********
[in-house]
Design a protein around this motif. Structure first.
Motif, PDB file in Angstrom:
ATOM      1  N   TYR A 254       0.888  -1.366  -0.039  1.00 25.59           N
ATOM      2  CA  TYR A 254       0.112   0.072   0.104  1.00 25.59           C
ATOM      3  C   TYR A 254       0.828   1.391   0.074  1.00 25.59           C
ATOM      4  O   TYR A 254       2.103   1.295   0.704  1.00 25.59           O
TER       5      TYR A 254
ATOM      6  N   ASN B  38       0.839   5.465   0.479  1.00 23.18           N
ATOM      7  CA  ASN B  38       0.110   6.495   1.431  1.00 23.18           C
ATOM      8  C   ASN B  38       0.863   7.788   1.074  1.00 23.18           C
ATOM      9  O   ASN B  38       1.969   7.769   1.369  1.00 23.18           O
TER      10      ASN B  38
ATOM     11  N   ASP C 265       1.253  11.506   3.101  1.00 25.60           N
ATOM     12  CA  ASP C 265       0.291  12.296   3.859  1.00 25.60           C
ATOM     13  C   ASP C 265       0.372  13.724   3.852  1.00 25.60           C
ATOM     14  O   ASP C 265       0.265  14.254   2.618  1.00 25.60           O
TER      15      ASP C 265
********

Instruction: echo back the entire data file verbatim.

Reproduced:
[in-house]
Design a protein around this motif. Structure first.
Motif, PDB file in Angstrom:
ATOM      1  N   TYR A 254       0.888  -1.366  -0.039  1.00 25.59           N
ATOM      2  CA  TYR A 254       0.112   0.072   0.104  1.00 25.59           C
ATOM      3  C   TYR A 254       0.828   1.391   0.074  1.00 25.59           C
ATOM      4  O   TYR A 254       2.103   1.295   0.704  1.00 25.59           O
TER       5      TYR A 254
ATOM      6  N   ASN B  38       0.839   5.465   0.479  1.00 23.18           N
ATOM      7  CA  ASN B  38       0.110   6.495   1.431  1.00 23.18           C
ATOM      8  C   ASN B  38       0.863   7.788   1.074  1.00 23.18           C
ATOM      9  O   ASN B  38       1.969   7.769   1.369  1.00 23.18           O
TER      10      ASN B  38
ATOM     11  N   ASP C 265       1.253  11.506   3.101  1.00 25.60           N
ATOM     12  CA  ASP C 265       0.291  12.296   3.859  1.00 25.60           C
ATOM     13  C   ASP C 265       0.372  13.724   3.852  1.00 25.60           C
ATOM     14  O   ASP C 265       0.265  14.254   2.618  1.00 25.60           O
TER      15      ASP C 265